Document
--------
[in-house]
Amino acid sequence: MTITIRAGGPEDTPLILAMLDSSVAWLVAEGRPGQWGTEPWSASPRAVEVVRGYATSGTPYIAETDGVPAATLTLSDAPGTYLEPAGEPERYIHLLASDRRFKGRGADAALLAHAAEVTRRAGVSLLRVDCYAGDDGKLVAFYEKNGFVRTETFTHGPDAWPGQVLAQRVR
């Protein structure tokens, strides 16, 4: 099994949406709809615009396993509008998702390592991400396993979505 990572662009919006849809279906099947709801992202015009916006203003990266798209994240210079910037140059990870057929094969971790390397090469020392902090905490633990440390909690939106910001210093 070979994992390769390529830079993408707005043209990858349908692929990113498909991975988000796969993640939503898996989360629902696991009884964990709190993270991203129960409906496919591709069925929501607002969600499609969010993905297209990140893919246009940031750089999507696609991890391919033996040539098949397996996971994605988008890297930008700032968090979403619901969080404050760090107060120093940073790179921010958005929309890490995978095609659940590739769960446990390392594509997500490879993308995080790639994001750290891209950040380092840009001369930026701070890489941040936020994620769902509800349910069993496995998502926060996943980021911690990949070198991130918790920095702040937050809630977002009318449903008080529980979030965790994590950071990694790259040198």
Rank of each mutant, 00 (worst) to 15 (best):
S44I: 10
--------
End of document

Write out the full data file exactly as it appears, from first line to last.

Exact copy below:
[in-house]
Amino acid sequence: MTITIRAGGPEDTPLILAMLDSSVAWLVAEGRPGQWGTEPWSASPRAVEVVRGYATSGTPYIAETDGVPAATLTLSDAPGTYLEPAGEPERYIHLLASDRRFKGRGADAALLAHAAEVTRRAGVSLLRVDCYAGDDGKLVAFYEKNGFVRTETFTHGPDAWPGQVLAQRVR
């Protein structure tokens, strides 16, 4: 099994949406709809615009396993509008998702390592991400396993979505 990572662009919006849809279906099947709801992202015009916006203003990266798209994240210079910037140059990870057929094969971790390397090469020392902090905490633990440390909690939106910001210093 070979994992390769390529830079993408707005043209990858349908692929990113498909991975988000796969993640939503898996989360629902696991009884964990709190993270991203129960409906496919591709069925929501607002969600499609969010993905297209990140893919246009940031750089999507696609991890391919033996040539098949397996996971994605988008890297930008700032968090979403619901969080404050760090107060120093940073790179921010958005929309890490995978095609659940590739769960446990390392594509997500490879993308995080790639994001750290891209950040380092840009001369930026701070890489941040936020994620769902509800349910069993496995998502926060996943980021911690990949070198991130918790920095702040937050809630977002009318449903008080529980979030965790994590950071990694790259040198």
Rank of each mutant, 00 (worst) to 15 (best):
S44I: 10